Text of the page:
But now let's backtrack a little and talk about the main feature of this lens, that power zoom. As mentioned earlier, you can adjust the speed of the zoom simply by how much force you're putting into the slider or how fast you're turning that zoom ring. Think of it like stepping on the accelerator in your car. It works on the same principles. But if you don't want to be touch the lens to utilize this zoom function, especially if it's rigged up to a gimbal and such, you can actually move that function over to the camera and utilize it that way. You can even customize the function of it on the camera itself and select different zoom speeds of up to 8 different steps. At the time of writing, the cameras that support this function would be the A1, A7SIII, FX3 and ZV-E10.

To add on, something that we really appreciate about the zoom function of this lens is that everything is done internally. The shifting of elements within the lens, all of it, are done internally. The barrel length of the lens doesn't change. This makes it awesome for videographers and filmmakers out there as that means that the overall balance of the camera doesn't shift no matter the focal length.

Goes without saying that this lens will also support and keep up with the great autofocus that Sony has. But it does have one drawback, which is the lack of image stabilization. Though anyone who purchases this lens would most likely be using it with a Sony camera in which most of them would feature in-body image stabilization. It's a downside for sure, but perhaps not too much of a downside practically.

At this point, we move on the real world testing. Definitely do check out our video review to see the results in action. But to sum it up briefly here. Focus breathing is really minimal on this lens. In fact, it is pretty downright impressive. Autofocus performance is to be expected from Sony and the power zoom functionality, while definitely have its quirks, performed admirably as well. Our only suggestion was that the preset 8 zoom speeds to be adjusted slightly. At the setting of 8, it could be just a little faster.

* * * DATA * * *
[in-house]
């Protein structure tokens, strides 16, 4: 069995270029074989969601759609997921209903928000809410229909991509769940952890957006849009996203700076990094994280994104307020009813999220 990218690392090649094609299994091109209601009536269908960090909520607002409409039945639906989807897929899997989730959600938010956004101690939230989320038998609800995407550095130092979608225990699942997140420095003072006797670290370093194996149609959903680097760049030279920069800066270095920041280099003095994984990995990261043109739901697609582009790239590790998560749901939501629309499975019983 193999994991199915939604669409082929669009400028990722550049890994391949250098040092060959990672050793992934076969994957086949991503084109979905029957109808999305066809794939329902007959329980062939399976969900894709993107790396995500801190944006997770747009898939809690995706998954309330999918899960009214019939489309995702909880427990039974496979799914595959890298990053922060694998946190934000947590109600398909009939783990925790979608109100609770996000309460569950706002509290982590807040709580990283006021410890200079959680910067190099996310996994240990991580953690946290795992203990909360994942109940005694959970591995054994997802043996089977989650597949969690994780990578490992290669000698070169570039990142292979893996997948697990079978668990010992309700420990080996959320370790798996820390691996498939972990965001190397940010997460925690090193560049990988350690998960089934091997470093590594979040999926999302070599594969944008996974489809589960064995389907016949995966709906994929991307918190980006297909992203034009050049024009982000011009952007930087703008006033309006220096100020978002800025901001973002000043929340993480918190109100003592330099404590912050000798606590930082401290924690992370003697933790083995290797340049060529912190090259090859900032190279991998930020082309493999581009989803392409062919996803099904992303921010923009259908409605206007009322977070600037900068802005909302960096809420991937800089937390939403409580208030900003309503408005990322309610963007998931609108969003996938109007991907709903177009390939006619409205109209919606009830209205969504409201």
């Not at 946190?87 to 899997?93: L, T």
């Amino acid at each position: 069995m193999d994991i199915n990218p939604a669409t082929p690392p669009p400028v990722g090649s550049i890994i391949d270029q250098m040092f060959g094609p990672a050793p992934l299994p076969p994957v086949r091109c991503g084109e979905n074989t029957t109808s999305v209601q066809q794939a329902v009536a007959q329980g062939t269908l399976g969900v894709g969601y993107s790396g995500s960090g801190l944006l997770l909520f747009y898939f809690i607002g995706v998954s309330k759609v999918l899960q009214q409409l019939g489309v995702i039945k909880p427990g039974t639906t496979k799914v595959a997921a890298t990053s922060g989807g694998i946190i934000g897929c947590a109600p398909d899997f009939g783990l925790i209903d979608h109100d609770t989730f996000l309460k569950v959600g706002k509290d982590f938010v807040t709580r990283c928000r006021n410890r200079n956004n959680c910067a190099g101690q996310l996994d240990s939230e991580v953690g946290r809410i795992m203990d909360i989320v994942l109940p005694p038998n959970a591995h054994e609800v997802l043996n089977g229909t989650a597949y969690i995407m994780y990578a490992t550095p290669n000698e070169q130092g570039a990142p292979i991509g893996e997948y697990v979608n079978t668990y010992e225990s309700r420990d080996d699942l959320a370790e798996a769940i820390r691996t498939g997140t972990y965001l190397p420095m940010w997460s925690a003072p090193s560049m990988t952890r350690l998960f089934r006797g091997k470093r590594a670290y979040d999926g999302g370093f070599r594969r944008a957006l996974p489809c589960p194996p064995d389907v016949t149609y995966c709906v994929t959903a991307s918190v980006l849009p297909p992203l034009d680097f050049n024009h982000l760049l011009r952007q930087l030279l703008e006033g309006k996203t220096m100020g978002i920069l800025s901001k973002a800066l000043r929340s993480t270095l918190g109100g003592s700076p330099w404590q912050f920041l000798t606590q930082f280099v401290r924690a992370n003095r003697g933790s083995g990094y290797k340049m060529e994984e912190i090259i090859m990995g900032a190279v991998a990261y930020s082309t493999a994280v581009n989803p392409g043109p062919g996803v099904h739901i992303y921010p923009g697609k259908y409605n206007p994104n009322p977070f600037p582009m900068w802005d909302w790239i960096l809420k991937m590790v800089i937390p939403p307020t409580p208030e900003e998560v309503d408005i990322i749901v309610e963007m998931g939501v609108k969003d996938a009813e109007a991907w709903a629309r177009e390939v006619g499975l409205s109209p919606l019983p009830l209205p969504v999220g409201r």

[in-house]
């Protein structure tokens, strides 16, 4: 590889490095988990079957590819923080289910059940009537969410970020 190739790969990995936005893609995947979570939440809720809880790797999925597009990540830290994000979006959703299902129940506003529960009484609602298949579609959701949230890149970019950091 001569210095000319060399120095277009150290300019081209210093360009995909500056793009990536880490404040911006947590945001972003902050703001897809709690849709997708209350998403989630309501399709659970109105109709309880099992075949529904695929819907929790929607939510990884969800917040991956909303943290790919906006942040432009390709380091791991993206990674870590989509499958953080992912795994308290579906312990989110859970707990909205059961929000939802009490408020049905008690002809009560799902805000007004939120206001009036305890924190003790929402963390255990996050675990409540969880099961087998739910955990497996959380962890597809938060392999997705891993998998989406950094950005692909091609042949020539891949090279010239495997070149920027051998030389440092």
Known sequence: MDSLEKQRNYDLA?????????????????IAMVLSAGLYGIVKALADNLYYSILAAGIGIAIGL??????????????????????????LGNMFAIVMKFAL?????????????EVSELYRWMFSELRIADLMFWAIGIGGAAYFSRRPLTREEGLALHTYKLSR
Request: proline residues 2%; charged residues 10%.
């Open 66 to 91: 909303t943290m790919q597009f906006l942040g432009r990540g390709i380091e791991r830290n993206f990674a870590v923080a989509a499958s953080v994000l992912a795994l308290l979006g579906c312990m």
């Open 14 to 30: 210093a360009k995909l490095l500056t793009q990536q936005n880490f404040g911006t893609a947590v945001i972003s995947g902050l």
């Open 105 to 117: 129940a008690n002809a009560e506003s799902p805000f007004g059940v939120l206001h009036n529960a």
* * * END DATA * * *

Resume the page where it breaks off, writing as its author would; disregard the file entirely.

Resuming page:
Photos wise, it is great. Overall sharpness and clarity is on point and the bokeh is really creamy and circular. As for colour fringing and bleed, that's pretty minimal as well. The only thing we noticed was that edge objects in the background that are starting to fall off and blend with the overall bokeh have a little bit of ghosting. But honestly, that 's not too much of an issue, especially considering this lens for what it is.

Again, please do take a look at the video review to really see it for yourself!

In summary, you might be asking yourself. If you already own a 16-35mm lens, is this worth a pickup?

That will depend, but we argue that this is certainly one of a kind. There is nothing else like it in the market right now to offer this much versatility in a package so small and light. This is perhaps the best all round travel lens for full frame at the moment. Yes, you'll be limited to F4 and it might start to struggle a little in low light conditions. But even so, the sharpness and overall rendition that you get from this lens is astounding and we just really really like it. Even at just F4, the bokeh is enjoyable.

At the moment of writing, there isn't an official price for this lens just about yet, so our thoughts might change depending. But as right now, this lens is certainly a solid package.

As technology advances and has a greater impact on our lives than ever before, being informed is the only way to keep up.  Through our product reviews and news articles, we want to be able to aid our readers in doing so. All of our reviews are carefully written, offer unique insights and critiques, and provide trustworthy recommendations. Our news stories are sourced from trustworthy sources, fact-checked by our team, and presented with the help of AI to make them easier to comprehend for our readers. If you notice any errors in our product reviews or news stories, please email us at  Your input will be important in ensuring that our articles are accurate for all of our readers.

bottom of page